Is simple momentum the secret sauce of Managed Futures funds? In their 2013 paper entitled “Demystifying Managed Futures”, Brian Hurst, Yao Ooi and Lasse Pedersen examine how well simple trend-following strategies based on time series (intrinsic or absolute) momentum explain the performance of Managed Futures funds. Their simple intrinsic momentum strategy goes long (short) a contract series with a positive (negative) return relative to the risk-free rate over 1-month, 3-month and 12-month look-back intervals. They apply the strategy to a liquid universe of 24 commodity futures, 9 equity futures, 13 government bond futures and 12 currency forwards. They adopt a simple diversification weighting that targets 40% annualized volatility for each position. They rebalance the diversified portfolio weekly at the Friday close based on data from the Thursday close. They ignore rebalancing/roll frictions. Using daily and weekly prices for 58 futures contract and currency forward series during January 1985 through June 2012, they find that: Keep Reading

Diversification Power of Financialized Commodities

Have investors overwhelmed commercial traders in commodity futures markets, thereby depressing the value of commodity futures as a diversifier of stocks and bonds? In his November 2013 papers entitled “Implications of Financialization for Commodity Investors: The Case of Roll Yields” and “Implications of Financialization for Strategic Asset Allocation: The Case of Correlations”, Adam Zaremba examines the effects of commodity futures market financialization on the potential diversification benefit of a passive allocation to commodities. He quantifies financialization as the share of open interest in commodity futures contracts held by non-commercial traders per Commitments of Traders reports of the Commodity Futures Trading Commission. He investigates specifically the effects of financialization on: (1) roll return, the return from continually shifting from expiring to longer-term commodity futures contracts to maintain a position; and, (2) the correlations of commodity futures returns with those of stocks and bonds. Then, in a mean-variance optimization framework from the perspective of a U.S. investor, he examines how these effects alter the diversification benefit of adding a commodity futures position to stocks and bonds. Using monthly returns of index proxies for the broad U.S. stock market, U.S. government bonds and a broad set of commodity futures from the end of 1991 through 2012, he finds that: Keep Reading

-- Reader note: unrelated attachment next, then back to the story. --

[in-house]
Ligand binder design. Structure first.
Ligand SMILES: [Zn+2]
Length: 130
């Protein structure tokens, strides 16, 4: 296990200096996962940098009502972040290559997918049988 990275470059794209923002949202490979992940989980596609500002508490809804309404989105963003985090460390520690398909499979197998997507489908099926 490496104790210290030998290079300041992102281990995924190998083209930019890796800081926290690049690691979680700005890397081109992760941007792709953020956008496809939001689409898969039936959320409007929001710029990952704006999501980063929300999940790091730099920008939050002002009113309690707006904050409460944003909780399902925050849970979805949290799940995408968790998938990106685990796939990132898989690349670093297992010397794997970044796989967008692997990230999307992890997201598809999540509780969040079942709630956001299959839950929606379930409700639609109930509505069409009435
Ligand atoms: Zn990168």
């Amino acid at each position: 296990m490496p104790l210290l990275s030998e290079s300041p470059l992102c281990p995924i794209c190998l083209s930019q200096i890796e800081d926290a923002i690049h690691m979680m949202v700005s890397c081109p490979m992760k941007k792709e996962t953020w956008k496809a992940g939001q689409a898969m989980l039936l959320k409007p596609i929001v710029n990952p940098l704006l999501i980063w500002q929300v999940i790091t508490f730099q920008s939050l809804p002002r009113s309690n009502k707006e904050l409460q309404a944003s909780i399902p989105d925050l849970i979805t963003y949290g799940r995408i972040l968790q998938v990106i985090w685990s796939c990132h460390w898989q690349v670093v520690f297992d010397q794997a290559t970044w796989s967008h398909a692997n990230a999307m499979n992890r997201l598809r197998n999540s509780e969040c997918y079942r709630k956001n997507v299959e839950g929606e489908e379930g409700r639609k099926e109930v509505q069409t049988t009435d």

Comparing Precious Metals as Safe Havens

Are other precious metals more effective than gold as safe havens from turmoil in stock and bond markets? In their September 2013 paper entitled “Time Variation in Precious Metal Safe Haven Status — Evidence from the USA”, Brian Lucey and Sile Li compare and contrast the effectiveness of four precious metals (gold, silver, platinum and palladium) as safe havens from sharp declines in U.S. stocks (the S&P 500 Index) and U.S. bonds (a 10-year U.S. Treasury note index). They define an asset as a safe haven from another if returns of the former exhibit zero or negative correlation with returns of the latter when the latter experiences a sharp drawdown. A safe haven is different from a hedge, which has zero or negative return correlation with another asset or portfolio on average. They calculate returns for precious metals based on a continually rolling position in nearest month futures. They calculate return correlations quarter by quarter and focus on the worst 5% of drawdowns in stocks or bonds. Using daily futures contract prices for gold, silver, platinum and palladium and daily returns for the stock and bond indexes from the first quarter of 1989 through the second quarter of 2013, they find that: Keep Reading

Platinum as an Investment

Is platinum as good as gold? In the September 2013 version of their paper entitled “Analysis of the Investment Potential of Platinum Group Metals”, James Ross McCown and Ron Shaw evaluate the investment value of platinum group metals (platinum, palladium, rhodium, iridium, ruthenium and osmium). Using daily spot prices for platinum group metals, gold and crude oil, daily levels of a broad U.S. stock market index, monthly U.S. consumer and producer price indexes and monthly U.S. industrial production levels during July 1992 through December 2011, they find that: Keep Reading